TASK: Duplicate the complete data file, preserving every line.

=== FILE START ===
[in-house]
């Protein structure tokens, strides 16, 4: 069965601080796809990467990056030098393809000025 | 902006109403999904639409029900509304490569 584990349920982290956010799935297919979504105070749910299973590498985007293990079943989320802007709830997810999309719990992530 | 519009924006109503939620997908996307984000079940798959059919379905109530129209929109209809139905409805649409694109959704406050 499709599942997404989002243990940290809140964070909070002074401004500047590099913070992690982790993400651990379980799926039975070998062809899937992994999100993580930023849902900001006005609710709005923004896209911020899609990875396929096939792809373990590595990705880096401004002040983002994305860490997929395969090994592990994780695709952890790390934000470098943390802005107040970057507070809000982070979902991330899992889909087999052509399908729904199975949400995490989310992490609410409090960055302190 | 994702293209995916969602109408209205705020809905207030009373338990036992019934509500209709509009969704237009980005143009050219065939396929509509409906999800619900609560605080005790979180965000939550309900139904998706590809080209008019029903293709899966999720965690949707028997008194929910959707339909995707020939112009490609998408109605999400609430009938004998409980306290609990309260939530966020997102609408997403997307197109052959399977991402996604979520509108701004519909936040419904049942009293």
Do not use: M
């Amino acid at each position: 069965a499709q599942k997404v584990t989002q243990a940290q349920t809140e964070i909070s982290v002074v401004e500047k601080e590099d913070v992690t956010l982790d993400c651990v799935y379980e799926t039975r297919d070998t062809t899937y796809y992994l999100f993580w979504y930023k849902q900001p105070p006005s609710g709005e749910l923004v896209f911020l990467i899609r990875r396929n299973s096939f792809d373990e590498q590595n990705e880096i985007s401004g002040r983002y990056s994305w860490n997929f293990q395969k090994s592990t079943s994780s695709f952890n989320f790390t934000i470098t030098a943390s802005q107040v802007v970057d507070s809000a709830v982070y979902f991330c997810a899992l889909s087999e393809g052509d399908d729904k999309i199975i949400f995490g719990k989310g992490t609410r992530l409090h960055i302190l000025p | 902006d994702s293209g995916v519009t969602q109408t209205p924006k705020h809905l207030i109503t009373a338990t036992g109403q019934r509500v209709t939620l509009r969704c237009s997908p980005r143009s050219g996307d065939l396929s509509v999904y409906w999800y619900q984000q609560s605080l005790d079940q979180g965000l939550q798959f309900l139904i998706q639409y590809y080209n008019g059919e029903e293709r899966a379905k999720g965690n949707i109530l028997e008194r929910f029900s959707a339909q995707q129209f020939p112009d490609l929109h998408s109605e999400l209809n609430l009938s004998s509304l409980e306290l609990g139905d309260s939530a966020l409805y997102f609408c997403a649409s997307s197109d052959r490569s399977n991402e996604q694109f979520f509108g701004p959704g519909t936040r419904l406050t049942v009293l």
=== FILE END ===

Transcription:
[in-house]
């Protein structure tokens, strides 16, 4: 069965601080796809990467990056030098393809000025 | 902006109403999904639409029900509304490569 584990349920982290956010799935297919979504105070749910299973590498985007293990079943989320802007709830997810999309719990992530 | 519009924006109503939620997908996307984000079940798959059919379905109530129209929109209809139905409805649409694109959704406050 499709599942997404989002243990940290809140964070909070002074401004500047590099913070992690982790993400651990379980799926039975070998062809899937992994999100993580930023849902900001006005609710709005923004896209911020899609990875396929096939792809373990590595990705880096401004002040983002994305860490997929395969090994592990994780695709952890790390934000470098943390802005107040970057507070809000982070979902991330899992889909087999052509399908729904199975949400995490989310992490609410409090960055302190 | 994702293209995916969602109408209205705020809905207030009373338990036992019934509500209709509009969704237009980005143009050219065939396929509509409906999800619900609560605080005790979180965000939550309900139904998706590809080209008019029903293709899966999720965690949707028997008194929910959707339909995707020939112009490609998408109605999400609430009938004998409980306290609990309260939530966020997102609408997403997307197109052959399977991402996604979520509108701004519909936040419904049942009293």
Do not use: M
């Amino acid at each position: 069965a499709q599942k997404v584990t989002q243990a940290q349920t809140e964070i909070s982290v002074v401004e500047k601080e590099d913070v992690t956010l982790d993400c651990v799935y379980e799926t039975r297919d070998t062809t899937y796809y992994l999100f993580w979504y930023k849902q900001p105070p006005s609710g709005e749910l923004v896209f911020l990467i899609r990875r396929n299973s096939f792809d373990e590498q590595n990705e880096i985007s401004g002040r983002y990056s994305w860490n997929f293990q395969k090994s592990t079943s994780s695709f952890n989320f790390t934000i470098t030098a943390s802005q107040v802007v970057d507070s809000a709830v982070y979902f991330c997810a899992l889909s087999e393809g052509d399908d729904k999309i199975i949400f995490g719990k989310g992490t609410r992530l409090h960055i302190l000025p | 902006d994702s293209g995916v519009t969602q109408t209205p924006k705020h809905l207030i109503t009373a338990t036992g109403q019934r509500v209709t939620l509009r969704c237009s997908p980005r143009s050219g996307d065939l396929s509509v999904y409906w999800y619900q984000q609560s605080l005790d079940q979180g965000l939550q798959f309900l139904i998706q639409y590809y080209n008019g059919e029903e293709r899966a379905k999720g965690n949707i109530l028997e008194r929910f029900s959707a339909q995707q129209f020939p112009d490609l929109h998408s109605e999400l209809n609430l009938s004998s509304l409980e306290l609990g139905d309260s939530a966020l409805y997102f609408c997403a649409s997307s197109d052959r490569s399977n991402e996604q694109f979520f509108g701004p959704g519909t936040r419904l406050t049942v009293l």